“For one who explains the supreme secret to the devotees, devotional service is guaranteed, and at the end he will come back to Me.” (Lord Krishna, Bhagavad-gita, 18.68)
ya idaṁ paramaṁ guhyaṁ
bhaktiṁ mayi parāṁ kṛtvā
mām evaiṣyaty asaṁśayaḥ
The foundation of friendship is equality; both sides relate on the same level. The relationship is formed off a shared interest. If you’re playing for the same hockey team, it’s natural to become friends off the ice. If you work for the same company, you immediately share a common interest. The same goes for if you’re studying at the same school.
For analysis purposes let’s take a hypothetical conversation that follows the teacher-student paradigm. For a brief moment, you are no longer equals. You are giving instruction and your friend is listening. This is because they acknowledge your expertise in the particular area of importance. After the fact, you both realize that the dialogue was so meaningful that it should be recorded. It should be put down to paper in order to be consulted later on, sometime in the future.
Let’s say that someone happens to pick up the recorded version of your conversation. They read it and have absolutely no idea what you guys are talking about. Therefore they can only speculate. They’re not even sure it’s a conversation that actually occurred. Is it real or is it fake? They can’t tell. The questions and answers are so profound that they’re leaning more towards the side of fiction. “This must be the creation of a writer,” they think to themselves.
In this case the speculation won’t be helpful. The conversation had a particular tone, and it wasn’t meant to be heard by everyone. The same principle applies to the Bhagavad-gita, which is likely the most famous conversation of all-time. It took place on the battlefield of Kurukshetra some five thousand years ago, and it dealt with the most important subject matter: life and death.
This wasn’t about prolonging life or even preventing death. It wasn’t a conversation revealing the secret to preventing disease through some exercise routine. It wasn’t about merely avoiding class distinctions and being nice to people. No, the Bhagavad-gita is about how to understand the reason for birth and death, and how to live life properly, wherever that life may be found. The fundamental truth contained in the work is the identity of the individual, who is spirit soul.
na jāyate mriyate vā kadācin
nāyaṁ bhūtvā bhavitā vā na bhūyaḥ
ajo nityaḥ śāśvato ‘yaṁ purāṇo
na hanyate hanyamāne śarīre
“For the soul there is never birth nor death. Nor, having once been, does he ever cease to be. He is unborn, eternal, ever-existing, undying and primeval. He is not slain when the body is slain.” (Lord Krishna, Bhagavad-gita, 2.20)
Knowledge of the soul is the starting point. Then comes information on karma, the material nature, and time. There is clarification on a highly misunderstood topic: the supreme controller. One who knows this controller in truth automatically knows the other topics. They have found the way to live through any situation.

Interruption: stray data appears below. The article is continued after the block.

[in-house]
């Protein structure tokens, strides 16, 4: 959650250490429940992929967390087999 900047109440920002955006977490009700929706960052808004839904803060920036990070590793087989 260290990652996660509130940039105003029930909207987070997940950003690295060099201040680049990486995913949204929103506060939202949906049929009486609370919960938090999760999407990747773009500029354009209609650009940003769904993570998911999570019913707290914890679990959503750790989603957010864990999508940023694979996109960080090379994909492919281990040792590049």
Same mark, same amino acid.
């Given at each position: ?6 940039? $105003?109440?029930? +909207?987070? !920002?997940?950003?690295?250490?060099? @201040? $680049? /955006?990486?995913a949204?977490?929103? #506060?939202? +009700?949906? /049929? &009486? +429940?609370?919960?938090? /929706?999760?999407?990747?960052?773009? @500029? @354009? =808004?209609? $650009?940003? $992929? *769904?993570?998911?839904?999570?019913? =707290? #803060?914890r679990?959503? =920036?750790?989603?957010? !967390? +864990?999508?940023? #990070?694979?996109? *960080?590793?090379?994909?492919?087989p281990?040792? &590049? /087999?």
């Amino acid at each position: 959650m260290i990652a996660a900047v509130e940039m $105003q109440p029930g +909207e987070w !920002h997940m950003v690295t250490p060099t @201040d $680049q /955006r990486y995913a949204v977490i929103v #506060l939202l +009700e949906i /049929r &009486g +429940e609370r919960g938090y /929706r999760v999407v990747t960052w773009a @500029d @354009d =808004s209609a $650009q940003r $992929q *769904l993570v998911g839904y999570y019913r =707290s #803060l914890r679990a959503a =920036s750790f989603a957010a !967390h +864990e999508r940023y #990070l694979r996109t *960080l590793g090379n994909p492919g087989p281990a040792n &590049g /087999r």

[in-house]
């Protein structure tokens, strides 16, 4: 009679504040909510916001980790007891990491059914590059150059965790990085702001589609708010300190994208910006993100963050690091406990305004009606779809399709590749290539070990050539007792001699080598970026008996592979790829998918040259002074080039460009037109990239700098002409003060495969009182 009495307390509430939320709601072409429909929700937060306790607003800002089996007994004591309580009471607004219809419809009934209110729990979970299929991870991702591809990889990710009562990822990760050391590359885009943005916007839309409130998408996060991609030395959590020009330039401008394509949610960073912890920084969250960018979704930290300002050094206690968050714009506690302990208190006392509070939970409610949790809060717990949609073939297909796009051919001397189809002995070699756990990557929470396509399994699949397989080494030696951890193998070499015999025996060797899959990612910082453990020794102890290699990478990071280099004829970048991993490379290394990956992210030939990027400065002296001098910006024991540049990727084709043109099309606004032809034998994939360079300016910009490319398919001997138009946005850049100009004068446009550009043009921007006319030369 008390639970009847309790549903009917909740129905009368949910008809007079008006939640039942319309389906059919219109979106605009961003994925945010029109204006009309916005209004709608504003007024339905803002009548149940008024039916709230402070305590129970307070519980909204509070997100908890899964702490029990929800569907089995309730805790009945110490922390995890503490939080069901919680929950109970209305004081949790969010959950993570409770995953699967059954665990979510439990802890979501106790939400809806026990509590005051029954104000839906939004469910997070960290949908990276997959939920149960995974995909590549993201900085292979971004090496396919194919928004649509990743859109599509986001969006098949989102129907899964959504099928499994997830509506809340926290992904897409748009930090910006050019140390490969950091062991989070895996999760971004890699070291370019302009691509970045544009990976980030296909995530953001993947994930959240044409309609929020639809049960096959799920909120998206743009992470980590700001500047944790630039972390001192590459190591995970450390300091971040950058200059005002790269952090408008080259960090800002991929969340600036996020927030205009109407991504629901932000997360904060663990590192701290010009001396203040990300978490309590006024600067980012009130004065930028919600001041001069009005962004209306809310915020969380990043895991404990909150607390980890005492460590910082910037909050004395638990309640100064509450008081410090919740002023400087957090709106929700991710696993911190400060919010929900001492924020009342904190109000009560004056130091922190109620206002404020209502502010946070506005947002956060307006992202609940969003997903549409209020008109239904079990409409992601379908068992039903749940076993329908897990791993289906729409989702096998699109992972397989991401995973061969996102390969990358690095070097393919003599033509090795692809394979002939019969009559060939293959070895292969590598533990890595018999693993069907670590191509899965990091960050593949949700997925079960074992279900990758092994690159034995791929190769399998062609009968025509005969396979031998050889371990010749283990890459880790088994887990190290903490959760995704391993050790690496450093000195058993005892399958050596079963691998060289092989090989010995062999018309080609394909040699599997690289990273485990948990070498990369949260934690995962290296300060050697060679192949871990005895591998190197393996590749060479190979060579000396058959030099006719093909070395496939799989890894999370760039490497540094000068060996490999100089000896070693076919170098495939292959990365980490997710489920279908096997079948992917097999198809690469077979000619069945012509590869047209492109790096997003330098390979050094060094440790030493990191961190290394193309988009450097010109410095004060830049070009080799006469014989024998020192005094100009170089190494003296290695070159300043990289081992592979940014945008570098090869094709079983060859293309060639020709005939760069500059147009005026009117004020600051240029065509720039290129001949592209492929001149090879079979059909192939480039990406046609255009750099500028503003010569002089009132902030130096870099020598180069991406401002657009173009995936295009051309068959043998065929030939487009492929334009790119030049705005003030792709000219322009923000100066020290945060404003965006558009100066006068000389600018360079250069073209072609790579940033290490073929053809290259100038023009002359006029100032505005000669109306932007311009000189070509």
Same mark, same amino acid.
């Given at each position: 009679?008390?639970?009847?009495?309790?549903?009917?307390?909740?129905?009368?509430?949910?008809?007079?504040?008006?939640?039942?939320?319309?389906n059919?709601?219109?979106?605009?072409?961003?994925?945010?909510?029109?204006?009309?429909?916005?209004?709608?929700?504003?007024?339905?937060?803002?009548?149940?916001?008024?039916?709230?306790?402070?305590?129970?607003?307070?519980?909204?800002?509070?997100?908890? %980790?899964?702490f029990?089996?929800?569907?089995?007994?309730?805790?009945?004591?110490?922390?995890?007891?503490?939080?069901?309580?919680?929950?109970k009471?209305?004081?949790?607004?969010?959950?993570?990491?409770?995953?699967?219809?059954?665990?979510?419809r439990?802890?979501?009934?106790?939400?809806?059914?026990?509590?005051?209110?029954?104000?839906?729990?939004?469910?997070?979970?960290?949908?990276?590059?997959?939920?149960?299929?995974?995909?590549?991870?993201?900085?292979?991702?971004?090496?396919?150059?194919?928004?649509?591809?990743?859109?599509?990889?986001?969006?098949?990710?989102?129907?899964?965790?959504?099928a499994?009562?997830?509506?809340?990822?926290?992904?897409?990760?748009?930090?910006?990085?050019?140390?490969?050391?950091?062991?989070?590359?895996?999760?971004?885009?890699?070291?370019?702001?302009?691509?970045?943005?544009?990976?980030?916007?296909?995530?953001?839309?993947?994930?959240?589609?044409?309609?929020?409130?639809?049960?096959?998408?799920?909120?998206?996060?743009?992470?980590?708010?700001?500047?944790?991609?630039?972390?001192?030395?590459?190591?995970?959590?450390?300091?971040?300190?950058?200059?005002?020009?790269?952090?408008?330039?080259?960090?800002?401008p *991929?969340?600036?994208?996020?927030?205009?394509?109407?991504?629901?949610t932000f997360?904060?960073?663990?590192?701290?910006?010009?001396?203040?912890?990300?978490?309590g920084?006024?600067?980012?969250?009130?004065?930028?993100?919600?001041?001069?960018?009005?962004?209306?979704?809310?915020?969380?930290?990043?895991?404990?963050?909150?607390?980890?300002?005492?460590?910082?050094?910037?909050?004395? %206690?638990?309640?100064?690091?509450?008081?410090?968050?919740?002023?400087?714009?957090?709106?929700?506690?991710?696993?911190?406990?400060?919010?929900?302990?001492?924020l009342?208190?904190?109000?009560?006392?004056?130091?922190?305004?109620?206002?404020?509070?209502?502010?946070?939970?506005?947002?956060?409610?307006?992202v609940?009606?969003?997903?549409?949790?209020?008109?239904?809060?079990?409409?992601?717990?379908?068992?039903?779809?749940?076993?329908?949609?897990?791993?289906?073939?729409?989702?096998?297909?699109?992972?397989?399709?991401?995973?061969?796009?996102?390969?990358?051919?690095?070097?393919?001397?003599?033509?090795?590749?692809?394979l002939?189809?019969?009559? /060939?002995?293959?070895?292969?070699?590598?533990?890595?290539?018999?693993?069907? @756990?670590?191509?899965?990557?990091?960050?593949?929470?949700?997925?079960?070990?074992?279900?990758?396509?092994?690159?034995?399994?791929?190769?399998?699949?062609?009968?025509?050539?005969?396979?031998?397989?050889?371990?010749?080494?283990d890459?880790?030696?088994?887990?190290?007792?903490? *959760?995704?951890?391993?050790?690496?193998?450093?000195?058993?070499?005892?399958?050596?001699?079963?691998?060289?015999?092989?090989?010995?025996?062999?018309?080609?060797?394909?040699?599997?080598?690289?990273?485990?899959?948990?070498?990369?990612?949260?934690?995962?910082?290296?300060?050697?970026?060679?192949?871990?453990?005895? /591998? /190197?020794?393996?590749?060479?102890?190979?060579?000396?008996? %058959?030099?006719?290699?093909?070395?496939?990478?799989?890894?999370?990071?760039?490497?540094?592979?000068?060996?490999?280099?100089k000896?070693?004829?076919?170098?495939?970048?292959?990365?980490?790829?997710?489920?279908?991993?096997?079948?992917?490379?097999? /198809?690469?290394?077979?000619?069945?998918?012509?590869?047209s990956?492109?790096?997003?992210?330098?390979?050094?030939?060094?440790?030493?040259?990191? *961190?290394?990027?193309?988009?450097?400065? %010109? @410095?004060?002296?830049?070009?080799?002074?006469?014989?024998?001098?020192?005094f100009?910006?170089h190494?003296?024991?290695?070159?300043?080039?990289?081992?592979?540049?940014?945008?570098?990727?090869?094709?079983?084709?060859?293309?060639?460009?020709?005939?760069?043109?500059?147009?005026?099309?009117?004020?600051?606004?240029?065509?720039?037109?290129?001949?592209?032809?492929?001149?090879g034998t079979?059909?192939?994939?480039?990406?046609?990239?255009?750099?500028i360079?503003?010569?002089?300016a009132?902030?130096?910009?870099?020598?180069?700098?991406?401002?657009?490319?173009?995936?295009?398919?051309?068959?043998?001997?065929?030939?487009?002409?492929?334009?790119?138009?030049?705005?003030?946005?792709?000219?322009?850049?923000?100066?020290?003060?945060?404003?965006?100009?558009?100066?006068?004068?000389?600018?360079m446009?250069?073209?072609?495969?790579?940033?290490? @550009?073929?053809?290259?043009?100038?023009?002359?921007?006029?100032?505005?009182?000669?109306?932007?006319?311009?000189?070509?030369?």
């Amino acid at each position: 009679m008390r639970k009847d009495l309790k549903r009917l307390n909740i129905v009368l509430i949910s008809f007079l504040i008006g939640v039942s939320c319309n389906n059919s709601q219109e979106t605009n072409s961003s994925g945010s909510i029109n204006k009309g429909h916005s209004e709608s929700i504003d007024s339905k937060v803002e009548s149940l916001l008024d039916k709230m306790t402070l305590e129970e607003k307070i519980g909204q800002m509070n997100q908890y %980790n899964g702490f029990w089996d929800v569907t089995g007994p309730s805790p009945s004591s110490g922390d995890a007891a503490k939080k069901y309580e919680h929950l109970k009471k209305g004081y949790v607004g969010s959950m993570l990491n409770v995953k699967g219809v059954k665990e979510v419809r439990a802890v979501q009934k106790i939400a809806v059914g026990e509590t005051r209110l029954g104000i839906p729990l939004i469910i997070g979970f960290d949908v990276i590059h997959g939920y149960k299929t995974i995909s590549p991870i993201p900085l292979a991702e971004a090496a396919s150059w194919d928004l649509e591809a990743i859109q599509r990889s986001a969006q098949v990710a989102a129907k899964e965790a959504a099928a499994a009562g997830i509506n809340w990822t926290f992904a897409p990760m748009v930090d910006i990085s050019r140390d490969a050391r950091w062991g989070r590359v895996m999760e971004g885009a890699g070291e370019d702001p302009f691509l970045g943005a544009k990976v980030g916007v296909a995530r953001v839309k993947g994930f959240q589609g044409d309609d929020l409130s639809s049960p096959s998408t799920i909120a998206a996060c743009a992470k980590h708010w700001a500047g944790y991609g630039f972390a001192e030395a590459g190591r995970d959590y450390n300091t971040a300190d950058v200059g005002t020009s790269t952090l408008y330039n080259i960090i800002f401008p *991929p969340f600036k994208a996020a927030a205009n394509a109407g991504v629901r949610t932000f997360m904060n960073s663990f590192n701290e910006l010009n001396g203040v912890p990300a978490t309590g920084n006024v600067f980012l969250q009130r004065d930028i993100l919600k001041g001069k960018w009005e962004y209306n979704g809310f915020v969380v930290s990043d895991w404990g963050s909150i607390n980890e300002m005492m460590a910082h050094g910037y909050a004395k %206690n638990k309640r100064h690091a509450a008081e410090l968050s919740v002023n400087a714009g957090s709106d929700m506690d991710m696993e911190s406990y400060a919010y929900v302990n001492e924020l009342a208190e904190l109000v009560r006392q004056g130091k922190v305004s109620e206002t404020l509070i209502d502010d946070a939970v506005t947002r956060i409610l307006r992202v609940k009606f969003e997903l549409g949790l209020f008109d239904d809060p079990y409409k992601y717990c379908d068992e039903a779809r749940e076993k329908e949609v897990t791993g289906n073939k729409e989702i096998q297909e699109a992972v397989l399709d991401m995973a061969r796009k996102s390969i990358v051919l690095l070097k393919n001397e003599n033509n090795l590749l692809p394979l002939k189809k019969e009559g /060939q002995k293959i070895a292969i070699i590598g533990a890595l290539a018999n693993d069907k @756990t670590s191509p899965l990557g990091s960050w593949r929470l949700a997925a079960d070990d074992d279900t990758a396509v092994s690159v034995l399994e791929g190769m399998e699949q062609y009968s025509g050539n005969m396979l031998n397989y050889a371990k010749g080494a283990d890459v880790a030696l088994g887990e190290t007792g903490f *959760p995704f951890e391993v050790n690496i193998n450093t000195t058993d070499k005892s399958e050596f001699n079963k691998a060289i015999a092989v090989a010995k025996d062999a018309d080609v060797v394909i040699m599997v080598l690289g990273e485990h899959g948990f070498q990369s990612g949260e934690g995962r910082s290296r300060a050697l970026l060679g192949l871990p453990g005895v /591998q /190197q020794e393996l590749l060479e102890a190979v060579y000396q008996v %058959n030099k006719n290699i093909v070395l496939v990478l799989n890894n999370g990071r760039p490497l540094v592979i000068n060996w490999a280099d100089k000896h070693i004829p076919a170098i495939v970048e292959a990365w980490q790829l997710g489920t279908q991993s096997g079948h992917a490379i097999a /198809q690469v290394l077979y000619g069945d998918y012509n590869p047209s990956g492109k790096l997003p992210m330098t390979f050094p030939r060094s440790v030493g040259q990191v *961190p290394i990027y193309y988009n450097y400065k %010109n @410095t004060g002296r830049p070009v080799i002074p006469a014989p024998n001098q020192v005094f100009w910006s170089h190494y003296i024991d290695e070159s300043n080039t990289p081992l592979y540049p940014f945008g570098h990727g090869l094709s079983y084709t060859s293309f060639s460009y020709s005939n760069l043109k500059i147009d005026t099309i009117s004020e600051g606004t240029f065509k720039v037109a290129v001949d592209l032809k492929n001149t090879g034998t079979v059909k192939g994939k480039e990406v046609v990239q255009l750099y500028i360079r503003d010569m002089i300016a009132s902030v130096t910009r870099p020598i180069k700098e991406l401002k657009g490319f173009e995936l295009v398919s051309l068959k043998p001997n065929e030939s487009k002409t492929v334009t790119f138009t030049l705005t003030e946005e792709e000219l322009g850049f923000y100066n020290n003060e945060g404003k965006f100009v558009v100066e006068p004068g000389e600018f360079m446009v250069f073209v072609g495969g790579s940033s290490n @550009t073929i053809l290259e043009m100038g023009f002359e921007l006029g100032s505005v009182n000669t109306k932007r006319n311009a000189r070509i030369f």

That supreme controller is none other than the speaker of the Gita, the teacher. He is Shri Krishna, who is also known as the Supreme Personality of Godhead, Bhagavan. Krishna delivered these words to the warrior Arjuna on the battlefield, and it was recorded in book form by Vyasadeva in the Mahabharata. The work was intended for a specific audience, who had an underlying culture of respect for the Supreme Lord and the laws He institutes for the proper governance of man.
At the end of the discussion, Shri Krishna says that one who explains the work to the devoted souls is very dear to Him. The explanation must be proper. An armchair speculation will not suffice. If the intended recipients should be devotees, then we can properly infer that the person explaining must be devoted as well. Monists, atheists, and those envious of Krishna do not qualify under this promise.
The issue may be raised of how to find devotees? If everyone around us is overtaken by the illusory material energy known as maya, how can the Bhagavad-gita be properly explained? There is no reason for concern on this issue, as in this age of Kali the Supreme Lord Himself has provided the way to find devotees. The method is the sankirtana-yajna, instituted by Shri Krishna Chaitanya Mahaprabhu.
Chant the holy names of God in congregation, so that as many people as possible can hear. Through the sound of Hare Krishna Hare Krishna, Krishna Krishna, Hare Hare, Hare Rama Hare Rama, Rama Rama, Hare Hare, those who are receptive to the message of Divine Love can be found. Then to them explain the wonderful secret that was given to Arjuna.
Chaitanya Mahaprabhu set the example, and those coming after Him in His spiritual line honor His example. They find the devotees and then explain the Bhagavad-gita to them. The philosophical discussion is not fit for the envious. For such souls it is better not to even hear the Bhagavad-gita, as the wrong conclusion will be reached. They will think that Krishna is not God or that He never existed in the first place. As the very foundation of the work is rejected by them, how can they derive any benefit?
The open-minded get the proper explanation from the acharya, who has the aforementioned, required culture. The acharya is a representative of Vyasadeva, who put the dialogue down into written form for a specific purpose. That purpose is fulfilled by those who are devoted to Krishna in the same way that Arjuna was. Both remain forever dear to the Supreme Lord.
Giving explanation true and clear,
To Shri Krishna to become most dear.
But only when to the devoted explaining,
Not to atheists who interest feigning.
Bearing this truth in mind,
How the devoted souls to find?
Lord Chaitanya the way for all showing,
Sankirtana for proper recipients knowing.